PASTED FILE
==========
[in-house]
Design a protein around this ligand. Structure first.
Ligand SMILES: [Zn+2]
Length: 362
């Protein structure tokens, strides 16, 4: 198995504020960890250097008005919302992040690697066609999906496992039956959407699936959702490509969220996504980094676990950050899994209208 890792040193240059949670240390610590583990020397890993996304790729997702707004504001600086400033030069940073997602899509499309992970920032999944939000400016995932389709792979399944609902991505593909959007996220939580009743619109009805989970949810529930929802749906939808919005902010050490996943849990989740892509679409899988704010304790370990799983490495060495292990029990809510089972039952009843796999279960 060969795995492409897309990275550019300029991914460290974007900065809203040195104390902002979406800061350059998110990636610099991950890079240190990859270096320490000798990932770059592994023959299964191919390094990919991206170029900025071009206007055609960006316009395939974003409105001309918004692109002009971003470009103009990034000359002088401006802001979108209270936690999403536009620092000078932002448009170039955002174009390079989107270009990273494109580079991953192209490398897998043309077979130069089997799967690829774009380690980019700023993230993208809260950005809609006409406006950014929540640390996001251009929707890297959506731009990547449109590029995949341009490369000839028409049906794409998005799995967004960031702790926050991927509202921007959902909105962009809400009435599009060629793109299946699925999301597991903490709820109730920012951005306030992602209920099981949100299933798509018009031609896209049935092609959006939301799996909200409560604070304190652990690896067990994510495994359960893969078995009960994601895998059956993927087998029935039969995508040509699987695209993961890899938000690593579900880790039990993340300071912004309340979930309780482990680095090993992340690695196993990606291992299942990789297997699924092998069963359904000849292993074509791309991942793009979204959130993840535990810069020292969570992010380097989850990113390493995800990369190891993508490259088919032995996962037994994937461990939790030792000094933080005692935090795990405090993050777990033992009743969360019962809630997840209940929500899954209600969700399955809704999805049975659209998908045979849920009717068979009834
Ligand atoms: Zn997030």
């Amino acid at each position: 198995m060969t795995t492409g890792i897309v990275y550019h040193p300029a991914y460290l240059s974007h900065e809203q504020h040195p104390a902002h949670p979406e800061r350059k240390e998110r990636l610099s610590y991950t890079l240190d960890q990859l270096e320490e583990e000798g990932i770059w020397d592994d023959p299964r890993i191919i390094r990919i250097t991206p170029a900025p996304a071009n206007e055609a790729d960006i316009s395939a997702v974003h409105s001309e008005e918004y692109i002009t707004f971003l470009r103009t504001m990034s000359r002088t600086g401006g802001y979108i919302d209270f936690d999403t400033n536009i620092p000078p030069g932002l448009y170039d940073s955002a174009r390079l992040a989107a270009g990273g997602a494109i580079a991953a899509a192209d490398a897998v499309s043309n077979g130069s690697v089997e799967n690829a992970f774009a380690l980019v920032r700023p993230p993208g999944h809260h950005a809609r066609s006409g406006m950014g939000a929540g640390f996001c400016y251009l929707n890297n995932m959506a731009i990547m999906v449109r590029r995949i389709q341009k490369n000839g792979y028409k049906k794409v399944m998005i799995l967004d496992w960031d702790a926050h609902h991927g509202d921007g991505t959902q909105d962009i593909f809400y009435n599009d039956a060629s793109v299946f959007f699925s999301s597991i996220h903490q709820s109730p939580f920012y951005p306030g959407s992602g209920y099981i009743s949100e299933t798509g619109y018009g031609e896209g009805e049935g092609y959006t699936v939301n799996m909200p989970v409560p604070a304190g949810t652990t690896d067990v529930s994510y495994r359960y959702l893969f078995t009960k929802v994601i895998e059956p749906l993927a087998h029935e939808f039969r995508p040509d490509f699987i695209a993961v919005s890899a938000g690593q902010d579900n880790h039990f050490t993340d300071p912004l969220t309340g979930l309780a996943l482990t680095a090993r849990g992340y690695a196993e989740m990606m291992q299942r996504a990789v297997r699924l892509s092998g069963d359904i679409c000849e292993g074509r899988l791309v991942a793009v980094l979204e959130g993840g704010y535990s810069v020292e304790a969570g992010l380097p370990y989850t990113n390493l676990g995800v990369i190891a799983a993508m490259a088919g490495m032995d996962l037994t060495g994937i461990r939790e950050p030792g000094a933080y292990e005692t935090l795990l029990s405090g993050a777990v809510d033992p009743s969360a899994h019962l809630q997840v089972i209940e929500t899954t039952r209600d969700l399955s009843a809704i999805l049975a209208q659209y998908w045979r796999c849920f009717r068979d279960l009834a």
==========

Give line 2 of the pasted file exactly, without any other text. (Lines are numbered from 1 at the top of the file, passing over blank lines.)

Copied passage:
Design a protein around this ligand. Structure first.